Fueling the future

Photo: grain as biofuelDespite growing interest in replacing fossil resources with renewable alternatives, biomass refining industries, particularly those producing biofuels, have struggled to compete with the well-established machinery of petroleum refining. However, there are places where biomass could be competitive with oil as an industrial feedstock. Certain chemical intermediates, which might be used to produce solvents, plastics, polymers, and other high value products, are sometimes easier to synthesize from biomass than they are from crude oil. This gives renewable resources a potential competitive advantage and could make industries dedicated to the production of bio-based chemicals possible in the near future.

An example of this type of chemical intermediate is levulinic acid, which can be prepared from sugars found in abundance in biomass. Levulinic acid can be used to produce many products that are either identical to or functionally equivalent to current petrochemicals.

Assistant Professor Jesse Bond has received the National Science Foundation (NSF) Faculty Early Career Development (CAREER) award to further explore levulinic acid’s applications. His work will support development of catalysts and cost-effective technologies that facilitate oxidation of levulinic acid to deliver value-added chemical products.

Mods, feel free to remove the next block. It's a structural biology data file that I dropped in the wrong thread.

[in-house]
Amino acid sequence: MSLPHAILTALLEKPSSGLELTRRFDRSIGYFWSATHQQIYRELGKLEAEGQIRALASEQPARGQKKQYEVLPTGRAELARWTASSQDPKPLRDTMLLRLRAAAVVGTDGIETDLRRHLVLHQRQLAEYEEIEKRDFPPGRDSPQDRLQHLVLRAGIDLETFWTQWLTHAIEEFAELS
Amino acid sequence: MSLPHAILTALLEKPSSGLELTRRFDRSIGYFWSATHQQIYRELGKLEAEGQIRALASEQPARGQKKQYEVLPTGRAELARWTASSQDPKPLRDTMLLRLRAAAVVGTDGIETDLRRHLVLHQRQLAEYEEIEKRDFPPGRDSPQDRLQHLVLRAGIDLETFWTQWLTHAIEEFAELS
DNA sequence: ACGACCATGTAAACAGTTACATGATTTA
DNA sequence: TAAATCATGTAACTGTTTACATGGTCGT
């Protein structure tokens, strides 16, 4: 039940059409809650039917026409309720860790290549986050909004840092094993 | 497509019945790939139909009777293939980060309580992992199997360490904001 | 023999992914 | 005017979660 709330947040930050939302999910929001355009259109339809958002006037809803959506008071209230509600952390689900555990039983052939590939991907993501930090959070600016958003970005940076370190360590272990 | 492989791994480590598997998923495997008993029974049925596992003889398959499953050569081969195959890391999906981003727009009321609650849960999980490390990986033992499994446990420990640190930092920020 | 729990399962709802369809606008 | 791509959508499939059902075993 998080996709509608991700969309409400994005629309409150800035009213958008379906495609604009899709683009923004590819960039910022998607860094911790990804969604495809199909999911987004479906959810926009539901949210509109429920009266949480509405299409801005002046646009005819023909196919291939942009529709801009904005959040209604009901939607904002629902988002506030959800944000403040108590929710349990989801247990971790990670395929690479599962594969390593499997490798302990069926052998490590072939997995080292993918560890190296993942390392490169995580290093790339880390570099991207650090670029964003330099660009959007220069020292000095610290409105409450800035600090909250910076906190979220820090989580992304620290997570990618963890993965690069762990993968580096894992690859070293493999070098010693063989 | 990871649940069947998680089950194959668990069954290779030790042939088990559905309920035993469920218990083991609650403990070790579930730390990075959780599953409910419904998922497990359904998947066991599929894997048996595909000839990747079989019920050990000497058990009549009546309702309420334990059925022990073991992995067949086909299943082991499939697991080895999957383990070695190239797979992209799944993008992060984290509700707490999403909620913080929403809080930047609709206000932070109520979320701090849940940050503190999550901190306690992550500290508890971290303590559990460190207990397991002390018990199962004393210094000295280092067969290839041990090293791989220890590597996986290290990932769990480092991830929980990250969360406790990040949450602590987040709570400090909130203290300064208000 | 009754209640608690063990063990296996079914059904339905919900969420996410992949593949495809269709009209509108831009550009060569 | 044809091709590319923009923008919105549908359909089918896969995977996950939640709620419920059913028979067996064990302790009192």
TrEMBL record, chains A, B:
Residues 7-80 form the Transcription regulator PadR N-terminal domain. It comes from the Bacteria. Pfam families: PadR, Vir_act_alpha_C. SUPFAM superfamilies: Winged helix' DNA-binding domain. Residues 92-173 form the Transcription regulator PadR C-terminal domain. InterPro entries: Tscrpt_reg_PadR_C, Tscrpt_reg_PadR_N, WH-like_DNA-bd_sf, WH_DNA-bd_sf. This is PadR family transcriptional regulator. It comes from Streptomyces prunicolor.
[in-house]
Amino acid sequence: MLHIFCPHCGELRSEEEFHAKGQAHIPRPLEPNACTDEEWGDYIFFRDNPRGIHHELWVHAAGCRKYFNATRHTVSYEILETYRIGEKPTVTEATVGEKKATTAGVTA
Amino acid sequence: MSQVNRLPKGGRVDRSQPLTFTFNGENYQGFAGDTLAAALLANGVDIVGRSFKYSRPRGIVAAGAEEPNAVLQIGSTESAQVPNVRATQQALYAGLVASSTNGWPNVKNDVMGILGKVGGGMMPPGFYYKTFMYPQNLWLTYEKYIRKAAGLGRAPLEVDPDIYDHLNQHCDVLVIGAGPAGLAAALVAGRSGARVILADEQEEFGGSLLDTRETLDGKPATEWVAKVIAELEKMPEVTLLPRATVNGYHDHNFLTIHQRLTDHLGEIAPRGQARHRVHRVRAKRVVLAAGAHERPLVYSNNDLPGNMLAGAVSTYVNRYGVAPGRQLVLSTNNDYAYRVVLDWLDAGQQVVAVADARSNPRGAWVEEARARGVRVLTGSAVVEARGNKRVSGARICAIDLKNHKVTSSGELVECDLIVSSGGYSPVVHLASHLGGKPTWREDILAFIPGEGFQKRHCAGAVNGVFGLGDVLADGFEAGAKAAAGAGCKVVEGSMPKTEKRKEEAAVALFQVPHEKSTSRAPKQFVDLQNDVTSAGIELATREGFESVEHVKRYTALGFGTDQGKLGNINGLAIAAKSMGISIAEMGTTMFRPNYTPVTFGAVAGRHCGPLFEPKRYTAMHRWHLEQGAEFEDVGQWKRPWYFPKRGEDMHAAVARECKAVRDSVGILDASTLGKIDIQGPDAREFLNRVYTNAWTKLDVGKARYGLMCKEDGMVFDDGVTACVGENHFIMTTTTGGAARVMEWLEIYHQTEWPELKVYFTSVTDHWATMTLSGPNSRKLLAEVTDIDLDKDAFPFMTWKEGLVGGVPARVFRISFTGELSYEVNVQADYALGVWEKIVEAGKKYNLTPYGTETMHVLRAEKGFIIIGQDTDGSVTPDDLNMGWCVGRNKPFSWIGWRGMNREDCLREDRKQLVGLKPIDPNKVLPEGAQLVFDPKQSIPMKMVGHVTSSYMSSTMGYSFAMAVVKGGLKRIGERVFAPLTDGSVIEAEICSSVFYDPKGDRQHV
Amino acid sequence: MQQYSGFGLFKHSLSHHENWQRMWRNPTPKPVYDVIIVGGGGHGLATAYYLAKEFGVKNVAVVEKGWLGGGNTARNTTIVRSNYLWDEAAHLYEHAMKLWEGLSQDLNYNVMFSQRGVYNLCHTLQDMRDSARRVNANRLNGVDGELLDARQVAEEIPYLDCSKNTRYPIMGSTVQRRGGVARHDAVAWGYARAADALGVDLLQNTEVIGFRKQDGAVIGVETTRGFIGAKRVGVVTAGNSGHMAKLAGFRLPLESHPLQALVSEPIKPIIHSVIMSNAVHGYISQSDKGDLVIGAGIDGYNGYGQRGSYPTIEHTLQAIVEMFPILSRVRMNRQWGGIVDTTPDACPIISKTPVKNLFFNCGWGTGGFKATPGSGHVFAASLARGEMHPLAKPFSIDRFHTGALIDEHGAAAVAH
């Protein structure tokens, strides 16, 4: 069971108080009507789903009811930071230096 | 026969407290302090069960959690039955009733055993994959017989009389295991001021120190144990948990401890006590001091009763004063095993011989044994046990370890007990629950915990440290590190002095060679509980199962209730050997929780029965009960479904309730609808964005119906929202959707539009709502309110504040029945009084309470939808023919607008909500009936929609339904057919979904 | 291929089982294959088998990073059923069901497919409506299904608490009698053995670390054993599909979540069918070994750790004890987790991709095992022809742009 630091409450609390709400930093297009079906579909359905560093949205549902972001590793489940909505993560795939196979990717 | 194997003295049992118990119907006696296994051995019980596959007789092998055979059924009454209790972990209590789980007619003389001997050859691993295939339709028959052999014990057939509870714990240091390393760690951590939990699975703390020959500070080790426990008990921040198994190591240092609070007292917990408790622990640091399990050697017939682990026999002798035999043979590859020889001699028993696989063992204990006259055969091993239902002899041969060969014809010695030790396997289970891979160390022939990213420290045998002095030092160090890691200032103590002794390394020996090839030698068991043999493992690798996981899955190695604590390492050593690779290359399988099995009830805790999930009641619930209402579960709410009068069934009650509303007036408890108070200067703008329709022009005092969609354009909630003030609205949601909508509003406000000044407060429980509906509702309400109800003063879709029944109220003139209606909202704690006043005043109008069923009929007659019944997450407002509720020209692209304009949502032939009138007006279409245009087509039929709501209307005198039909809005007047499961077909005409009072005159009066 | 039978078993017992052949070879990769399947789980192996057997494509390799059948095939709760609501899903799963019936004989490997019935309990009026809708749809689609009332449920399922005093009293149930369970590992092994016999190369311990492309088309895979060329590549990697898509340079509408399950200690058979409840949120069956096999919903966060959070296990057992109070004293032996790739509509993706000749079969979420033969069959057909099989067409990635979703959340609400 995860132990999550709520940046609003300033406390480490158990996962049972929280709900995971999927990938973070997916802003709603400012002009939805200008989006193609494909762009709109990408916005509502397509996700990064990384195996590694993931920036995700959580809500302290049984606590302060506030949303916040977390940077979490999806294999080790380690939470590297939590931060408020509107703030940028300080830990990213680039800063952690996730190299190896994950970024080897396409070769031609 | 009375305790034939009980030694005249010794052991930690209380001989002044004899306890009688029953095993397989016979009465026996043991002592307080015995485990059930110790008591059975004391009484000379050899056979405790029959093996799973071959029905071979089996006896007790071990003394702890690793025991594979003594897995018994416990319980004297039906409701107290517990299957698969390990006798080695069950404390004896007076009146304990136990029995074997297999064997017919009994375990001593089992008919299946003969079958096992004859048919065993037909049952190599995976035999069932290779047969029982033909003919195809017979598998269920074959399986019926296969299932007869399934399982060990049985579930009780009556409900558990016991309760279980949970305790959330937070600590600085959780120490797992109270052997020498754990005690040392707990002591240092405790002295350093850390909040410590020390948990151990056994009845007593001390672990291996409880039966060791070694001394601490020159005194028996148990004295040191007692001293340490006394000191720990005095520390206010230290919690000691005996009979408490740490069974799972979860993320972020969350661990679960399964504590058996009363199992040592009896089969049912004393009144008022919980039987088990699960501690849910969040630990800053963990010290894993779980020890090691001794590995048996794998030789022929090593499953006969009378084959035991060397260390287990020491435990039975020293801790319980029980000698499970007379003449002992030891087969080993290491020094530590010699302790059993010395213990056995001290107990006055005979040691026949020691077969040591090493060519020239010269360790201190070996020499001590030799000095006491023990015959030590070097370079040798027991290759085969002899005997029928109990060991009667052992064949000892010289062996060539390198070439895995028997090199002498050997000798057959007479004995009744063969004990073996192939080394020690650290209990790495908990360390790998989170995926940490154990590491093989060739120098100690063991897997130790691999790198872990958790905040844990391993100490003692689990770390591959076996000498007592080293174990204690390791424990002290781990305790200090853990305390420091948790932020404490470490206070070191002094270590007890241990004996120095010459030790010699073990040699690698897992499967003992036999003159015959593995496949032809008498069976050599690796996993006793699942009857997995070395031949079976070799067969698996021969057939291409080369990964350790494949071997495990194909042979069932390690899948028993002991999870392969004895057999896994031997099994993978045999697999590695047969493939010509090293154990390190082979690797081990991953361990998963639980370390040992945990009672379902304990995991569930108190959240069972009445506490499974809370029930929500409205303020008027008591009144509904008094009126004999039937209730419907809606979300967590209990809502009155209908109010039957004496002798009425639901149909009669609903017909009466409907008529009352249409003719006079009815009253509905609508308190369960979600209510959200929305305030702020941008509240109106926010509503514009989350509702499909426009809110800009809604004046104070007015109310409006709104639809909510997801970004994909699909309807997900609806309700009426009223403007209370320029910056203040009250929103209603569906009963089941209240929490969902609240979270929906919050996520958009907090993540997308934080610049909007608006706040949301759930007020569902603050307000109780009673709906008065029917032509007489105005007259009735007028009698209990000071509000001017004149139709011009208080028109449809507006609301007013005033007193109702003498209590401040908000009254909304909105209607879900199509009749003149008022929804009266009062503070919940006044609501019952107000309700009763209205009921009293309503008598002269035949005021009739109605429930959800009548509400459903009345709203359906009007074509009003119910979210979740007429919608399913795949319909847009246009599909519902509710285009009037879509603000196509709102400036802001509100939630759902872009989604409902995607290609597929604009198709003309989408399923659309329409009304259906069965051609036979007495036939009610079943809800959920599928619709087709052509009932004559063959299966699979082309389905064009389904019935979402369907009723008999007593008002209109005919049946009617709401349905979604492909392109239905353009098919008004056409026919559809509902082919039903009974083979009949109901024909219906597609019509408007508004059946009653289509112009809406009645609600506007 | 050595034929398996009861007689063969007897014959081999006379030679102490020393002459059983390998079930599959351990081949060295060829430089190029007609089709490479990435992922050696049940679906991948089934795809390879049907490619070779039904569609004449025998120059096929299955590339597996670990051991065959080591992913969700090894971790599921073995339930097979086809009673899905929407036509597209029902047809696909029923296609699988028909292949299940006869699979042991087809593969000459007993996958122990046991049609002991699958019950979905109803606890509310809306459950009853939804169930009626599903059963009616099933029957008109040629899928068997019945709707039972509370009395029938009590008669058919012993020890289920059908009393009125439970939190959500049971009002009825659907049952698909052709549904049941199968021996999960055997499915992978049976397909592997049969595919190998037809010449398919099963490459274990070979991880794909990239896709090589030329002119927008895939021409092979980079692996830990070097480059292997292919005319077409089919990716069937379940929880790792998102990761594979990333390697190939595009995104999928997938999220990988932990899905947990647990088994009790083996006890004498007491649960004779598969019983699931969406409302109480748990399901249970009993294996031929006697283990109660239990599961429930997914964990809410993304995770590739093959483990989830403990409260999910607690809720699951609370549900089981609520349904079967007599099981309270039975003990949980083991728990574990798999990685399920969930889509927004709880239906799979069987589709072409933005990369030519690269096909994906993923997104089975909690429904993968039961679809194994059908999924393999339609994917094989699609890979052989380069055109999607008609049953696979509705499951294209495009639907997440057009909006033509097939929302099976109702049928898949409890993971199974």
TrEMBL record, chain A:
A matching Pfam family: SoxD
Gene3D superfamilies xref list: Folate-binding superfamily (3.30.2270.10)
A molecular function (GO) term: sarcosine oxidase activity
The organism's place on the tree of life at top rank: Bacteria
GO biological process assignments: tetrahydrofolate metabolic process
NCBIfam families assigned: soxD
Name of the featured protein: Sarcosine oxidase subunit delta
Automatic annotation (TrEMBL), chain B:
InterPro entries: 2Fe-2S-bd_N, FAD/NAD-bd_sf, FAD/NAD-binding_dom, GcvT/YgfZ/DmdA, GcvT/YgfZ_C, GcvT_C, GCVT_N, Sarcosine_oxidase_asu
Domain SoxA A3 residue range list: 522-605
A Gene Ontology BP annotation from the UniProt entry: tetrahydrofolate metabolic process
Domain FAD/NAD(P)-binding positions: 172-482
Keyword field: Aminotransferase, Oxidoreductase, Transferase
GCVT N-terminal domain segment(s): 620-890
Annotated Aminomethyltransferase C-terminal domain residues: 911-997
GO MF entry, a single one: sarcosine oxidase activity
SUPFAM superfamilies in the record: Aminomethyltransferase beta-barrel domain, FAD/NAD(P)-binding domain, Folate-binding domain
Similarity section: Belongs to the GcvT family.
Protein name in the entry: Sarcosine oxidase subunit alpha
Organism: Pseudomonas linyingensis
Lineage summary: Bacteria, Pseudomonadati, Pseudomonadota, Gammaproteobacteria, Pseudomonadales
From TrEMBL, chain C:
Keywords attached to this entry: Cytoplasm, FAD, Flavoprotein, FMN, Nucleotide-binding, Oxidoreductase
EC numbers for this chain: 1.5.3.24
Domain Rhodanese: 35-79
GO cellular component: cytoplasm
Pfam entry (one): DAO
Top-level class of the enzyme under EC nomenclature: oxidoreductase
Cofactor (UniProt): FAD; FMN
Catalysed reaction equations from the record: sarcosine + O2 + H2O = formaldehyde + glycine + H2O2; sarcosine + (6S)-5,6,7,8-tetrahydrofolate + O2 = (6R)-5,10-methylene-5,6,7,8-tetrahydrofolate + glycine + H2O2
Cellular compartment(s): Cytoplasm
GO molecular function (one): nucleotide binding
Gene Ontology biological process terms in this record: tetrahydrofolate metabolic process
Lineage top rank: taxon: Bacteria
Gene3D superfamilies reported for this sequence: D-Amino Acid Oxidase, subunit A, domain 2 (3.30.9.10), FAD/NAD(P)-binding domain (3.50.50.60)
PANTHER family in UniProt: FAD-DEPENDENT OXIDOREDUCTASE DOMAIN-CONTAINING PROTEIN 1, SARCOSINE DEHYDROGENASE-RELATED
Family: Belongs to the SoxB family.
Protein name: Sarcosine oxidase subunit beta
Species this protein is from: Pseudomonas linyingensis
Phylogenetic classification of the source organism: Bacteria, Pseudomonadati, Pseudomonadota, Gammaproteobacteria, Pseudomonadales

“My immediate hope is that this research pushes a technology forward that has a positive net impact on sustainable resource management,” Bond said. “Beyond that, my ultimate goal is to teach our students about major problems facing society and the ways that chemical engineering and catalysis can address those problems. No matter where this research leads or how the biotechnology landscape unfolds, catalysis will always have a role in making useful products from available natural resources.”